AS HARI SINGH NALWA’S MEN ARE IN FEAR, IT’S END OF STORY FOR SIKHS IN AFGHANISTAN
The March 25 killing of pilgrims inside a Kabul Gurdwara has led to the demand of bringing back the Sikhs to India from Afghanistan. Once strong business community, flush with money and resources Sikh community has been reduced to a countable and hapless who are dependent on Gurdwaras for safety and security as Afghanistan government has virtually given in to the pressure from terror groups.
In forty years from 1979 when Russian forces moved into Afghanistan, then a peaceful, fun loving and business oriented nation, number of Sikhs and Hindus were 100,000 plus, the number now have shrunk to 700, in about 150 families. They are living in Kabul and other parts of the terror torn country. Despite historical links with India, all of them are Afghan nationals. Indian government is in quandary as to how it should single out the Sikh community and bring them to safety in India, while attacks on other innocent people and religious minorities in continues, for many years.
In 1980s Sikhs were known to be astute businessmen dealing in foreign currency, construction, dry fruits, opium, textile and import-export. Most of the Kabuli-Sikhs, as they are commonly referred, have shifted base to India, Europe, England, US and Canada. Those who are left behind to fend for themselves are poor, doing odd jobs and run small businesses. They have abandoned their houses, properties, shops and businesses.
Situation became tense in the wake of India’s decision to shut its consulates in Herat and Jalalabad and bring back many of its personnel back home, done mainly to deal with the fast-spreading coronavirus pandemic, from the bordering areas of Iran and Pakistan. The special flight that brought them also carried the bodies of three slain Indian pilgrims who were among the 25 people killed by terrorists in the Gurdwara. There were 65 Gurdwaras and 15 Mandirs symbols of religious and social well beings but all are abandoned, now.
A report by US government also confirmed that only a few places of worship remained open for Sikhs and Hindus. They even face discrimination in getting employment, face interference in performing day to day life chores and are not allowed to cremate their dead. It added that they minority also face state sanctioned discrimination as the properties of Sikhs are illegally appropriated.
Khajinder Singh Khurana a native of Kabul who now lives in New Delhi, told Dissectit, “Afghan Sikhs are an end story soon. Their number is negligible just 700 and all are desperate to move out. People of all age groups are vulnerable but women and girls are worst affected under threat as they can’t go out and are for prevailing scenario most of them are illiterate”.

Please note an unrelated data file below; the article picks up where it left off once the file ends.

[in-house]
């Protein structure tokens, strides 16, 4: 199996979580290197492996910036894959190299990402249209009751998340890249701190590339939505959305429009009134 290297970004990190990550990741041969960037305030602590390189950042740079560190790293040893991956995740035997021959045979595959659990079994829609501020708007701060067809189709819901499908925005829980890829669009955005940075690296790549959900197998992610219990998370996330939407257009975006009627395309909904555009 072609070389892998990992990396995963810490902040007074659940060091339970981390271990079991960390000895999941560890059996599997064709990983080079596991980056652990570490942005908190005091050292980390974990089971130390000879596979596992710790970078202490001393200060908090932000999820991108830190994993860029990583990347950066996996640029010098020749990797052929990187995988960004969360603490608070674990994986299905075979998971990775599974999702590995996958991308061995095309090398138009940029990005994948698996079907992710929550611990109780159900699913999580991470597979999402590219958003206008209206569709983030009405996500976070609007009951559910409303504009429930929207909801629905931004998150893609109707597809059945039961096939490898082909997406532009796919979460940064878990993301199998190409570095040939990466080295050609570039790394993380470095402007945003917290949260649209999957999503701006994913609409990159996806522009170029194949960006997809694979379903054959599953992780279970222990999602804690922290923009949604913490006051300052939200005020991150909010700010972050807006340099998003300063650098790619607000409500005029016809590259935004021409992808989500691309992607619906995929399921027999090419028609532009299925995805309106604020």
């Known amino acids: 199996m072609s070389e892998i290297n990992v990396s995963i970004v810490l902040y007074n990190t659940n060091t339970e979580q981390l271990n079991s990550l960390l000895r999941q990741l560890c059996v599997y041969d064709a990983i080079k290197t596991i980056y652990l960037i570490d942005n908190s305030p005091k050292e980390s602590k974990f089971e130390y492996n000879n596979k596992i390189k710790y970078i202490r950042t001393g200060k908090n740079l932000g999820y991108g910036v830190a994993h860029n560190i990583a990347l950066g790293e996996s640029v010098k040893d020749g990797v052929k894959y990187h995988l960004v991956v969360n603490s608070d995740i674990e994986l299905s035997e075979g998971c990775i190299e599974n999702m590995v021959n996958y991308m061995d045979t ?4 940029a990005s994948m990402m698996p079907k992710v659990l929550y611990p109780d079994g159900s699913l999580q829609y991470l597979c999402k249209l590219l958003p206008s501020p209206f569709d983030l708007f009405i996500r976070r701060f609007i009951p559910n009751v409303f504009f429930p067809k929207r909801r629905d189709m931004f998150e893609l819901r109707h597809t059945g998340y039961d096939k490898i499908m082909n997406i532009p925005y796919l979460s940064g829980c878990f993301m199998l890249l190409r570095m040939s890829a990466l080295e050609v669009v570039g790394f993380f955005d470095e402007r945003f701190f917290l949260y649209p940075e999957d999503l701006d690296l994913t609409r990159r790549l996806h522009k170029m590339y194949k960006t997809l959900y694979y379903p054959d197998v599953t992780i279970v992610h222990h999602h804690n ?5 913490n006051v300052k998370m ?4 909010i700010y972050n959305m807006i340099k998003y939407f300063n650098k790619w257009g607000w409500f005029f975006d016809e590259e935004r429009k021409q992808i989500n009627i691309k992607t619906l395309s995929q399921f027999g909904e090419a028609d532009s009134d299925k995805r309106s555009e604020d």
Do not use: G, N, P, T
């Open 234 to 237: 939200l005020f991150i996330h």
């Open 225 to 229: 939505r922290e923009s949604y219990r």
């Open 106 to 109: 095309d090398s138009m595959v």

Going back to the times when Sikh ruler Maharaja Ranjit Singh ruled Punjab, his General Hari Singh Nalwa was the most dreadful persons for the Afghan population, as commander-in-chief of Sikh Khalsa army along the Afghanistan from 1825-37. He conquered frontiers of Jamrud, Peshawar, Multan, Kashmir, Attock, Sialkot and Kasur, extending Sikh territory to Khyber Pass. A trusted general of the Maharaja he had earned the sobriquet Bagh-maar (Tiger Killer) at the age of thirteen as he tore apart a wild cat with bare hands. “There is no life here for Sikhs, and also Hindus” Manmohan Singh who currently lives in Kabul, could barely say this, answering a whatsapp call. Manmohan’s hesitation while taking to Dissectit speaks of fear and an endgame scenario.
Punjab chief minister Captain Amarinder Singh and cabinet minister Harsimrat Kaur Badal, had both demanded that the Sikhs be brought to India for safety in the wake of the Kabul Gurdwara attack. But experts on Afghanistan who remained India’s ambassadors in the terror torn country are skeptical in agreeing to bring the Sikhs from the war-torn country.
It is being said that Afghanistan government doesn’t want miniscule minority to pack up, as it would weaken Ashraf Ghani government in Kabul as a vote of “no confidence” from its friends in Delhi at a time when they are putting up a valiant but desperate fight against the Taliban and other terrorist outfits attempting to further destabilize his administration.
Many see a Pakistani hand in the attack against the Sikhs in Kabul. There is a growing view that with the ongoing engagement of the Taliban with the US on peace negotiations, the Pakistan would like to opt for the Islamic State as its preferred tool for conducting most of the future attacks against Indians and its assets in Afghanistan.
All the left out Sikhs families in Afghanistan are looking for an opportunity to sneak out. Left with no option, they are ready to abandon the land, once the area of operation for Hari Singh Nalwa.